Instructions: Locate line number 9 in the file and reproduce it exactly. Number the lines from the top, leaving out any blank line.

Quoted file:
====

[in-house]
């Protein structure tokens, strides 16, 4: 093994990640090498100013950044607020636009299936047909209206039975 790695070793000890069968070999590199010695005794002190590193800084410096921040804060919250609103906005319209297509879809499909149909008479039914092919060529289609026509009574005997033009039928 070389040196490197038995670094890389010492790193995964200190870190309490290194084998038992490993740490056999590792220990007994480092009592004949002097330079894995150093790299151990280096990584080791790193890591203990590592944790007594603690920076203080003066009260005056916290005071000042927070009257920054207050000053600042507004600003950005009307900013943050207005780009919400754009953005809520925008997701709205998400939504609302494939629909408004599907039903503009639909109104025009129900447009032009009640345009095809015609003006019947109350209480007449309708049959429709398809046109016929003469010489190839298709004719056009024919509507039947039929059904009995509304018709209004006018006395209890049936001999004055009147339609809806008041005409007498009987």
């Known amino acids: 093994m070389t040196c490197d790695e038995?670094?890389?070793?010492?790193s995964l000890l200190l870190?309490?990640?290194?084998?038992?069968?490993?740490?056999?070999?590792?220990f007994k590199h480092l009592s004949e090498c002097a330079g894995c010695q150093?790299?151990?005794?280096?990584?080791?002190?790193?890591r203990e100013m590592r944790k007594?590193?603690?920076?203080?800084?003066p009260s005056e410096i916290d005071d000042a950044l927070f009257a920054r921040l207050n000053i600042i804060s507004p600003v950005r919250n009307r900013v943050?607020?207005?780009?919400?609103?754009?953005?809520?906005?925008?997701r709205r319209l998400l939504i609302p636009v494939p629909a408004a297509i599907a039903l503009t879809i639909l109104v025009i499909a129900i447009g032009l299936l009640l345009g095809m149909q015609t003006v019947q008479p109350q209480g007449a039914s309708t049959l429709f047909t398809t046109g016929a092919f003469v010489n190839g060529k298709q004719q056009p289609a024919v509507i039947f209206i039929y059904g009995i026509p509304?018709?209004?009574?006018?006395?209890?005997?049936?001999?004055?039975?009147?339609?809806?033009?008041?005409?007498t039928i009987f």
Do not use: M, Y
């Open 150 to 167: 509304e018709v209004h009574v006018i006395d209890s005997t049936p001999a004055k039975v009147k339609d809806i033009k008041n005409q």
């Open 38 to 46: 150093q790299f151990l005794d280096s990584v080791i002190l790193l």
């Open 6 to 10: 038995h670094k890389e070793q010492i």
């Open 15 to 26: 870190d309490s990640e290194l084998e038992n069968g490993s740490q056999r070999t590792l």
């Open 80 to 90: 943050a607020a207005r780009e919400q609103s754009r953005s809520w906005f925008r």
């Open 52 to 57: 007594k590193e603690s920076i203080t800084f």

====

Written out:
């Open 80 to 90: 943050a607020a207005r780009e919400q609103s754009r953005s809520w906005f925008r």